By MAUREEN DOWD
Fred R. Conrad/The New York Times
HE was born this way.
Not bisexual. Not even bipartisan. Just binary.
Our president likes to be on both sides at once.
In Afghanistan, he wants to go but he wants to stay. He’s surging and withdrawing simultaneously. He’s leaving fewer troops than are needed for a counterinsurgency strategy and more troops than are needed for a counterterrorism strategy — and he seems to want both strategies at the same time. Our work is done but we have to still be there. Our work isn’t done but we can go.
On Libya, President Obama wants to lead from behind. He’s engaging in hostilities against Qaddafi while telling Congress he’s not engaging in hostilities against Qaddafi.
On the budget, he wants to cut spending and increase spending. On the environment, he wants to increase energy production but is reluctant to drill. On health care, he wants to get everybody covered but will not press for a universal system. On Wall Street, he assails fat cats, but at cocktail parties, he wants to collect some of their fat for his campaign.
On politics, he likes to be friends with the other side but bash ’em at the same time. For others, bipartisanship means transcending their own prior political identities. For President Obama, it means that he participates in all political identities. He does not seem deeply affiliated with any side except his own.
He was elected on the idea of bold change, but now — except for the capture of Osama and his drone campaign in Pakistan and Yemen — he plays it safe. He shirks politics as usual but gets all twisted up in politics.
The man who was able to beat the Clintons in 2008 because the country wanted a break from Clintonian euphemism and casuistry is now breaking creative new ground in euphemism and casuistry.
Obama is “evolving” on the issue of gay marriage, which, as any girl will tell you, is the first sign of a commitment-phobe.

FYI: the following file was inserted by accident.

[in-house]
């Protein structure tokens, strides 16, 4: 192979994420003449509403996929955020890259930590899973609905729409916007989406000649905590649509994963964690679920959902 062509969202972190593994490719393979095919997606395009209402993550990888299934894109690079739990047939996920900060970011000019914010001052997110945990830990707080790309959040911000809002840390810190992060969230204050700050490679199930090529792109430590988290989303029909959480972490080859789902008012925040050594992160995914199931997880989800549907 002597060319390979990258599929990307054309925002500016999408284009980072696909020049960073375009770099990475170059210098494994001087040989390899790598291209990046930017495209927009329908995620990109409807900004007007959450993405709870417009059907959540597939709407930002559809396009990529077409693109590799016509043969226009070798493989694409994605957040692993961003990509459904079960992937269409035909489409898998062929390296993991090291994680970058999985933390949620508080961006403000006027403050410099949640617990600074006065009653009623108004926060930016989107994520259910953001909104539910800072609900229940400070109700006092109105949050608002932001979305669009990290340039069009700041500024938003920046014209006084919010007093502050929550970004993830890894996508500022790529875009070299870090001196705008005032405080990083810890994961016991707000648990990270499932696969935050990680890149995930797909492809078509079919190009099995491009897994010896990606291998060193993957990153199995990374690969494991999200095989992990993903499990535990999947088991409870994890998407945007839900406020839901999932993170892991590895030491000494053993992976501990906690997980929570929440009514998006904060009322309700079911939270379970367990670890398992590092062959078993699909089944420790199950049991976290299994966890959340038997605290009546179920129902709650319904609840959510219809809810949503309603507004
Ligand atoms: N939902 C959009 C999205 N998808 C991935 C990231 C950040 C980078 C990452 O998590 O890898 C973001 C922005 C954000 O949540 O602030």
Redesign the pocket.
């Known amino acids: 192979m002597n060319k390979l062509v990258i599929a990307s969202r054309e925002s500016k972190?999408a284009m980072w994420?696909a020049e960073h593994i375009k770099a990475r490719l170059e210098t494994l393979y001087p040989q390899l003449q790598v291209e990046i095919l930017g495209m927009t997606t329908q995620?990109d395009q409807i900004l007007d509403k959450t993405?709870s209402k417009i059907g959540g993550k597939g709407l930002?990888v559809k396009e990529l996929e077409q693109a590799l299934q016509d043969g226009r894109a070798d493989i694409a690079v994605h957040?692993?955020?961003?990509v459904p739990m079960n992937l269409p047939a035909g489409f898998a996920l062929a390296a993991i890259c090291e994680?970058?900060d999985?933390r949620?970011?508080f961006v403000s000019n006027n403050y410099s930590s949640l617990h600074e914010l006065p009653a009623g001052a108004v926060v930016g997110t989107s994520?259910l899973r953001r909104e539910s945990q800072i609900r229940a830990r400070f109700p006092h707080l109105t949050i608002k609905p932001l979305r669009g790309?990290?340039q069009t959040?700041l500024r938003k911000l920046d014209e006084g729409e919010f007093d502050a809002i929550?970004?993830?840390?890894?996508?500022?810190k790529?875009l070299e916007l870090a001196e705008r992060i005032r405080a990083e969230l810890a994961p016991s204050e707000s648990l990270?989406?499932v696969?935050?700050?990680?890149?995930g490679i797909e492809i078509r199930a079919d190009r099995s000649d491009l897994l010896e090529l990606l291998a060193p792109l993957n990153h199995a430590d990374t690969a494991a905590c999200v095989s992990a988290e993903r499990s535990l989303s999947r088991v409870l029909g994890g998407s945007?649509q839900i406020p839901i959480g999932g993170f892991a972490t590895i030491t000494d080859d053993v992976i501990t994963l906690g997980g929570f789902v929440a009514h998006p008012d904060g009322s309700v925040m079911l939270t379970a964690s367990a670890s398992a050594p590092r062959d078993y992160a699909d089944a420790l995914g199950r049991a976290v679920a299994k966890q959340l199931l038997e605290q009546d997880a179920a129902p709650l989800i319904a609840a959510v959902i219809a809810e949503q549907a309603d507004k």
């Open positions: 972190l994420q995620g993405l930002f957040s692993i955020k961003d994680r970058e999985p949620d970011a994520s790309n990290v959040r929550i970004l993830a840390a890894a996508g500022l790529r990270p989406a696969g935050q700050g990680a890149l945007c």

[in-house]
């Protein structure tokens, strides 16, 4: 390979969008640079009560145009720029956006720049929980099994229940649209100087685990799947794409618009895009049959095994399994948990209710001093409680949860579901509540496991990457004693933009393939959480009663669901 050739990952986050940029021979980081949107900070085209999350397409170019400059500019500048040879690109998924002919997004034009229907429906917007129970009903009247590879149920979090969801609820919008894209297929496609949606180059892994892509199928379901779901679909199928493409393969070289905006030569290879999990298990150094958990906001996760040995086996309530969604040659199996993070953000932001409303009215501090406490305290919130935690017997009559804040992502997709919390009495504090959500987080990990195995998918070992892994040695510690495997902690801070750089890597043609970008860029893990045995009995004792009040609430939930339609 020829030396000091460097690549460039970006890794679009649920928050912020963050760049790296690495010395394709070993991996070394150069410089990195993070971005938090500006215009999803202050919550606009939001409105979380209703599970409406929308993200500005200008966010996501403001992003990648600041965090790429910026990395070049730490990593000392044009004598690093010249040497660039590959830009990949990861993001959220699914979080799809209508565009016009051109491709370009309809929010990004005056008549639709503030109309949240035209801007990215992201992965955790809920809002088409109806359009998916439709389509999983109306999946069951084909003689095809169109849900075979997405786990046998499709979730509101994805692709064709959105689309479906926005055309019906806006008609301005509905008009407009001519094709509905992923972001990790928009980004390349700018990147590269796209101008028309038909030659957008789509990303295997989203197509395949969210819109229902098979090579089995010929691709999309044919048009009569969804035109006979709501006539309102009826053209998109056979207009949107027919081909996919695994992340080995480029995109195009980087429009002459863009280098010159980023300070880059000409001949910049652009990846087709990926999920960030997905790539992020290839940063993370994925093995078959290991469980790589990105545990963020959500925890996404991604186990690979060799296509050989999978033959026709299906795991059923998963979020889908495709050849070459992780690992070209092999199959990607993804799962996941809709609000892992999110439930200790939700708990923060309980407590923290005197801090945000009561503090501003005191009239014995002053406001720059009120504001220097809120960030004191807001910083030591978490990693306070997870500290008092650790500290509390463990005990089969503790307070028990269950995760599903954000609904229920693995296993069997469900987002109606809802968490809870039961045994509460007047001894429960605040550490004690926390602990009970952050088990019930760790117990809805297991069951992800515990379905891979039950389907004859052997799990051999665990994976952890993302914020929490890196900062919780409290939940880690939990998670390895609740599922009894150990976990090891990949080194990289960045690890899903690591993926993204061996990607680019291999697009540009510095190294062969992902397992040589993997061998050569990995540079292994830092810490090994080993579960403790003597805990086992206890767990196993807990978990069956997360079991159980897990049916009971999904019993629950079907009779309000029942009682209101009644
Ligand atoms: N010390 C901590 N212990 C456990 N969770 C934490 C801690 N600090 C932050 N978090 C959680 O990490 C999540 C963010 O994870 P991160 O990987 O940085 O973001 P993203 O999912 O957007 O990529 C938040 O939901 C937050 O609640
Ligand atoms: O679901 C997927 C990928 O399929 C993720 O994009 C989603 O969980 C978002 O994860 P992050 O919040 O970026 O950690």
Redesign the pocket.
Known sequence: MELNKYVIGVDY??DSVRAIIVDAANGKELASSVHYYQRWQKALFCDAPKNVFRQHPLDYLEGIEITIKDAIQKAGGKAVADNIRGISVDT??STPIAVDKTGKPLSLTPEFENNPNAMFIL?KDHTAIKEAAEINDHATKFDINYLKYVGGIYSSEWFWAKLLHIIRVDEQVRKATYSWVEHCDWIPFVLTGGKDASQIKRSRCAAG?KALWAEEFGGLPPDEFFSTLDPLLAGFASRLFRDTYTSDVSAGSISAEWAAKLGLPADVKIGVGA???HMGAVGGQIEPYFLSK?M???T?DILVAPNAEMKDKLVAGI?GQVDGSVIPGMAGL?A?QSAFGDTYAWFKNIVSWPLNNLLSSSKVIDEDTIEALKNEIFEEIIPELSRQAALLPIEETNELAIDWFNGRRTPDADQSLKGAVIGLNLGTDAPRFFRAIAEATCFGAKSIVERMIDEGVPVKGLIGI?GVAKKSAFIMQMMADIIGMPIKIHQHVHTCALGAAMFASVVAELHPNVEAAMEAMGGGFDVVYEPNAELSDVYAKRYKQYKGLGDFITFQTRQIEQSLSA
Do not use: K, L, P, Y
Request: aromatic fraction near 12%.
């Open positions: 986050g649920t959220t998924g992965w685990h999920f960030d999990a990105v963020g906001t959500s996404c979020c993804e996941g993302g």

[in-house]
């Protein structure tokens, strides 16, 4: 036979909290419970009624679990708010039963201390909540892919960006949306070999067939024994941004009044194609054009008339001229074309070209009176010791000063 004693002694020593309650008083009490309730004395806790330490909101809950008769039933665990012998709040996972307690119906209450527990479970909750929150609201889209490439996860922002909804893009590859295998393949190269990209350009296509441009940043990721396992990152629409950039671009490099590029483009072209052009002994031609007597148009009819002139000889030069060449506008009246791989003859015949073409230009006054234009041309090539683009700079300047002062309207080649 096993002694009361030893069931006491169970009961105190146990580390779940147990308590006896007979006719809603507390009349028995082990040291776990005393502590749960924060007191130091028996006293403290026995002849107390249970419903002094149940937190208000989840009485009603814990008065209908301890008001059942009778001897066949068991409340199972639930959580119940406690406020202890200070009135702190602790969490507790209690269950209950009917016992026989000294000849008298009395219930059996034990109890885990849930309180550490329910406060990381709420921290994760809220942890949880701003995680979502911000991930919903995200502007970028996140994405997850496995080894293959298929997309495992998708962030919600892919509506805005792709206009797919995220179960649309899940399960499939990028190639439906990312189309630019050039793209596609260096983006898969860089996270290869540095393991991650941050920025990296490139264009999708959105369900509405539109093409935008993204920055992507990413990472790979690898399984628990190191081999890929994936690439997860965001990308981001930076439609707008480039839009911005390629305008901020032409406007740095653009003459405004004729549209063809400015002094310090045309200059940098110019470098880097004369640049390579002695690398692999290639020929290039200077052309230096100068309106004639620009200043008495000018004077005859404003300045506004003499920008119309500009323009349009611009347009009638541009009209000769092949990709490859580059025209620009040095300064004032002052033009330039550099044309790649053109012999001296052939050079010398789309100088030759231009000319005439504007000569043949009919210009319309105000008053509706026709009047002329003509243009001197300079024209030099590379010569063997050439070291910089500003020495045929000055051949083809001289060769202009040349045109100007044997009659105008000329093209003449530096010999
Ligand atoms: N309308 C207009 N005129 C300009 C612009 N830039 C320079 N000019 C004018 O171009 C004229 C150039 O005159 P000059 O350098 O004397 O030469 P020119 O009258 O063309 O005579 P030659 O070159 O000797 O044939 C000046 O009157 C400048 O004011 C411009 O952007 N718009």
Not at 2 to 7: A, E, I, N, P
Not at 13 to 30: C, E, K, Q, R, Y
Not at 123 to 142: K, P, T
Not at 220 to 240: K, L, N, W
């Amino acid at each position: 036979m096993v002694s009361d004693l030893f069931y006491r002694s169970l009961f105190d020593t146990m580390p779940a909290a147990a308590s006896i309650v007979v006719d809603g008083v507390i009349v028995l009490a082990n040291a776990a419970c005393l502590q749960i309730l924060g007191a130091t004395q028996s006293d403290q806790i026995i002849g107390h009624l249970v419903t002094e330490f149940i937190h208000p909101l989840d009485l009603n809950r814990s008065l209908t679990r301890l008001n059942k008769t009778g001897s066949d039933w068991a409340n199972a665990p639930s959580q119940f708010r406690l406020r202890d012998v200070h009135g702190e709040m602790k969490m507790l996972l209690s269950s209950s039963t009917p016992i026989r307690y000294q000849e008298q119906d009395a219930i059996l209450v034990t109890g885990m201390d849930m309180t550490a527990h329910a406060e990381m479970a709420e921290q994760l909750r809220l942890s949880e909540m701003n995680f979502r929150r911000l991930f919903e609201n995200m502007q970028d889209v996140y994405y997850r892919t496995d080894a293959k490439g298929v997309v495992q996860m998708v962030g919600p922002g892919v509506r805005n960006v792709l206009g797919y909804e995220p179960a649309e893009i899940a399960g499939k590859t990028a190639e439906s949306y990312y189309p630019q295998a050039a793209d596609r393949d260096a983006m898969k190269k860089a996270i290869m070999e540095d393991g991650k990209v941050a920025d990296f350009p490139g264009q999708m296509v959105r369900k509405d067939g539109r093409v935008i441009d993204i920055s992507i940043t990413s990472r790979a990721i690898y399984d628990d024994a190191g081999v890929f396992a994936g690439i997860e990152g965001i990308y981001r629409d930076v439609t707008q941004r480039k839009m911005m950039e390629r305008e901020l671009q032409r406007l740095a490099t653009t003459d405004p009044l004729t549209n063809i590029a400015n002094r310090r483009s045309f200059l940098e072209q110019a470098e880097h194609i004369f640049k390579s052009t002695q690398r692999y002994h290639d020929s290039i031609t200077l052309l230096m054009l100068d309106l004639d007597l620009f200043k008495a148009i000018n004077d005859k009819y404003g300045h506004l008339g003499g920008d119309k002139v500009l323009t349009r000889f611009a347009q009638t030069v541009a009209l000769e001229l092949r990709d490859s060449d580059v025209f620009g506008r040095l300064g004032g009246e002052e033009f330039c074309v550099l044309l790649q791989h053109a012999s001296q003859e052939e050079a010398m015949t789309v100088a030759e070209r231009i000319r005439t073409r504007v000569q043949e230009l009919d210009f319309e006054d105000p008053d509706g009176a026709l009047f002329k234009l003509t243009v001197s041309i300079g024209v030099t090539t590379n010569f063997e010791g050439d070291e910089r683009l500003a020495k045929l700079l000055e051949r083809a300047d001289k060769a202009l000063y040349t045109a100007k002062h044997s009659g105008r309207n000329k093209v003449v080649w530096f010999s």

Maybe, given all his economic and war woes as he heads into 2012, Obama fears the disapproval of the homophobic elements within his own party. But he has tried to explain his reluctance on gay marriage as an expression of his Christianity, even though he rarely goes to church and is the picture of a secular humanist.
While picking up more than three-quarters of a million dollars from 600 guests at a gay and lesbian fund-raising gala in Manhattan on Thursday night, the president declared, “I believe that gay couples deserve the same legal rights as every other couple in this country,” even as he held to his position that the issue should be left to the states to decide.
He’s not as bad as New York’s Archbishop Timothy Dolan, who gave another grumpy interview on Thursday, this time to The National Catholic Register, asserting: “You think it’s going to stop with this? You think now bigamists are going to want their rights to marry? You think somebody that wants to marry his sister is going to now say, ‘I have a right’? I mean, it’s the same principle, isn’t it?”
The archbishop concluded: “Next thing you know, they’re going to say there’s four outs to every inning of baseball. This is crazy.” (He’s beginning to sound like Justice Scalia.)
Still, Obama’s reluctance to come out for gay marriage seems hugely and willfully inconsistent with what we know about his progressive worldview. And it is odd that the first black president is letting Andrew Cuomo, who pushed through a gay-marriage bill in Albany on Friday night, go down in history as the leader on the front lines of the civil rights issue of our time.
But for the president, “the fierce urgency of now” applies only to getting checks from the gay community, not getting up to speed with all the Americans who think it’s time for gay marriage.
As with “Don’t ask, don’t tell,” Obama is not leading the public, he’s following. And worse, the young, hip black president who was swept in on a gust of change, audacity and hope is lagging behind a couple of old, white conservatives — Dick Cheney and Ted Olson.
As a community organizer, Obama developed impressive empathetic gifts. But now he is misusing them. It’s not enough to understand how everybody in the room thinks. You have to decide which ones in the room are right, and stand with them. A leader is not a mediator or an umpire or a convener or a facilitator.
Sometimes, as Chris Christie put it, “the president has got to show up.”
With each equivocation, the man in the Oval Office shields his identity and cloaks who the real Barack Obama is.
He should draw inspiration from the gay community: one thing gays have to do, after all, is declare who they are at all costs.
On some of the most important issues facing this nation, it is time for the president to come out of the closet.